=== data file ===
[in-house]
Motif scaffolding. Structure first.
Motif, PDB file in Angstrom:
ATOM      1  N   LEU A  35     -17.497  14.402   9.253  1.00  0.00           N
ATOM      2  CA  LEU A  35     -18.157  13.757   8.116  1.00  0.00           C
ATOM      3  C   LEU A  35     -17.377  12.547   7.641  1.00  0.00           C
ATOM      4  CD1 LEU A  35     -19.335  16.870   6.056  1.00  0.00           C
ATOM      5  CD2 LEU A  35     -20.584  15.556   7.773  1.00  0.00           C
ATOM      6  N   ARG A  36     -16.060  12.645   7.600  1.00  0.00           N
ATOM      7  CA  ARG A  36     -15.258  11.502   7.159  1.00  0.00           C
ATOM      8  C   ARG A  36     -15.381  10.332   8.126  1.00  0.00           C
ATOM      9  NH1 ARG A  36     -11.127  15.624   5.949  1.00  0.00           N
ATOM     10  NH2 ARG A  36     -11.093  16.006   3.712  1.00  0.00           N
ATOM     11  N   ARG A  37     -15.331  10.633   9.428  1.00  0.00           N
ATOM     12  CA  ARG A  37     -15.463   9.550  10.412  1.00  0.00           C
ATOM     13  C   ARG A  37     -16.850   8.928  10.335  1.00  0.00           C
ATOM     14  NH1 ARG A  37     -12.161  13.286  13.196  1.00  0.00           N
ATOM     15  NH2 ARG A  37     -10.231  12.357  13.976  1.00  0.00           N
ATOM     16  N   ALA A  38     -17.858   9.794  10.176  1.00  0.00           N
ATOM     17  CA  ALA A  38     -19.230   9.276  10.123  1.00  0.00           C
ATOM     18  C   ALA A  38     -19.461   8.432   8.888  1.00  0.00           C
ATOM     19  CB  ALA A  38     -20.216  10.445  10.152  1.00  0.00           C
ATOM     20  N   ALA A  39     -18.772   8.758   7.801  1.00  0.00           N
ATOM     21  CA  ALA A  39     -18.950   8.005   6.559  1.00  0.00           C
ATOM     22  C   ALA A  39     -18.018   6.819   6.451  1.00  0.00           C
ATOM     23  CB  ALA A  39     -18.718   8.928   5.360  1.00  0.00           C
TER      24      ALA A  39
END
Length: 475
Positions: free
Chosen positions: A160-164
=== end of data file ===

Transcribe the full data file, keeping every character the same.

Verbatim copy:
[in-house]
Motif scaffolding. Structure first.
Motif, PDB file in Angstrom:
ATOM      1  N   LEU A  35     -17.497  14.402   9.253  1.00  0.00           N
ATOM      2  CA  LEU A  35     -18.157  13.757   8.116  1.00  0.00           C
ATOM      3  C   LEU A  35     -17.377  12.547   7.641  1.00  0.00           C
ATOM      4  CD1 LEU A  35     -19.335  16.870   6.056  1.00  0.00           C
ATOM      5  CD2 LEU A  35     -20.584  15.556   7.773  1.00  0.00           C
ATOM      6  N   ARG A  36     -16.060  12.645   7.600  1.00  0.00           N
ATOM      7  CA  ARG A  36     -15.258  11.502   7.159  1.00  0.00           C
ATOM      8  C   ARG A  36     -15.381  10.332   8.126  1.00  0.00           C
ATOM      9  NH1 ARG A  36     -11.127  15.624   5.949  1.00  0.00           N
ATOM     10  NH2 ARG A  36     -11.093  16.006   3.712  1.00  0.00           N
ATOM     11  N   ARG A  37     -15.331  10.633   9.428  1.00  0.00           N
ATOM     12  CA  ARG A  37     -15.463   9.550  10.412  1.00  0.00           C
ATOM     13  C   ARG A  37     -16.850   8.928  10.335  1.00  0.00           C
ATOM     14  NH1 ARG A  37     -12.161  13.286  13.196  1.00  0.00           N
ATOM     15  NH2 ARG A  37     -10.231  12.357  13.976  1.00  0.00           N
ATOM     16  N   ALA A  38     -17.858   9.794  10.176  1.00  0.00           N
ATOM     17  CA  ALA A  38     -19.230   9.276  10.123  1.00  0.00           C
ATOM     18  C   ALA A  38     -19.461   8.432   8.888  1.00  0.00           C
ATOM     19  CB  ALA A  38     -20.216  10.445  10.152  1.00  0.00           C
ATOM     20  N   ALA A  39     -18.772   8.758   7.801  1.00  0.00           N
ATOM     21  CA  ALA A  39     -18.950   8.005   6.559  1.00  0.00           C
ATOM     22  C   ALA A  39     -18.018   6.819   6.451  1.00  0.00           C
ATOM     23  CB  ALA A  39     -18.718   8.928   5.360  1.00  0.00           C
TER      24      ALA A  39
END
Length: 475
Positions: free
Chosen positions: A160-164